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• Friday, December 28th, 2012

By Geeta Dalal

Education sector is fast changing world over. New and innovative methods are in use to improve educational methods. Use of information and communication technology (ICT) to manage education related aspects is now a common feature these days.

These days a common question that is frequently asked is will e-books kill the bookstores in India? This genuine and interesting question is asked because the e-books publications in India and e-commerce industry are fast becoming popular. E-learning in India and distance learning education are also fast emerging.

Digital contents and e-books have created conducive environment for digital learning in India. The e-books market of India is really lucrative and this is the reason that many national and international e-commerce players are trying to make their mark in this unexplored market.

However, on the legal side we have a problem with this rush. We have no dedicated e-commerce laws and regulations in India and e-books publication laws in India. As a matter of fact, e-books publication, sales and distribution laws of India have still to be drafted by Indian legislature. Till then laws like Indian Copyright Act, 1957, Indian Information Technology Act, 2000 (IT Act 2000), etc would govern e-books publication distribution and sales in India.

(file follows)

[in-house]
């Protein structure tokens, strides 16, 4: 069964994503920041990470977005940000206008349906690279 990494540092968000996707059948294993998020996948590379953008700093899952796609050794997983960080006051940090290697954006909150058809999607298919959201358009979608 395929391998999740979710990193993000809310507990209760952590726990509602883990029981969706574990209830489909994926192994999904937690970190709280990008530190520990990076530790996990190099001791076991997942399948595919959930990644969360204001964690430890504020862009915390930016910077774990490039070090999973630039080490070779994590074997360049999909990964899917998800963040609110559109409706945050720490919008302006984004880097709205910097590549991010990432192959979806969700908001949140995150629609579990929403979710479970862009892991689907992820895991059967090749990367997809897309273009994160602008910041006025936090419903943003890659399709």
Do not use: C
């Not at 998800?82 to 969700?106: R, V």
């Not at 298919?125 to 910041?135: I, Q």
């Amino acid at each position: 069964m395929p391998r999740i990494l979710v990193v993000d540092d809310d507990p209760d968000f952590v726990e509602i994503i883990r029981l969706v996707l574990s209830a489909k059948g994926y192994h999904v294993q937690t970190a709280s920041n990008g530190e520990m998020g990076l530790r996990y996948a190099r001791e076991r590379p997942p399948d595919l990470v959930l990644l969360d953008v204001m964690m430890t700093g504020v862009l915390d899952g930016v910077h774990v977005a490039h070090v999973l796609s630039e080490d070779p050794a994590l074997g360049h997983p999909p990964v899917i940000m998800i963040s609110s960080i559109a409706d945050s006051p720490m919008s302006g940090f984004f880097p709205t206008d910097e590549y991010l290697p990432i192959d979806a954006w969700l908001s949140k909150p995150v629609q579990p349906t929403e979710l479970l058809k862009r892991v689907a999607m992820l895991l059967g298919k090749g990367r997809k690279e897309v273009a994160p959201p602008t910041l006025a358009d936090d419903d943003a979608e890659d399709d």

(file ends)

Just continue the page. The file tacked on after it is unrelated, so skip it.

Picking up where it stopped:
In foreign jurisdictions, regulation of e-books sellers and distributors is well organised. Any deviance from standard practice is taken very seriously there. The cases of European Commission and publishers’ settlement for e-book price fixing and e-book price escalation lawsuit settlement by Penguin Group are examples of the same.

Indian government has also become strict vis-à-vis e-commerce players that are not following Indian laws in true letter and spirit. As a part of that effort the Indian government would ascertain beneficiary in Walmart probe. So legal aspects cannot be ignored in India by national and international e-books and e-commerce players.

Another related legal problem pertains to lack of proper electronic commerce dispute resolution in India. We do not use technological tools like e-courts and online dispute resolution (ODR) in India as on date. Till December 2012 we are still waiting for the establishment of first e-courts of India. Indian government must urgently start using technological methods like e-courts and ODR to inculcate confidence among foreign direct investment makers and e-commerce players.

Perry4Law and Perry4Law’s Techno Legal Base (PTLB) wish all the best to e-books and e-commerce players.

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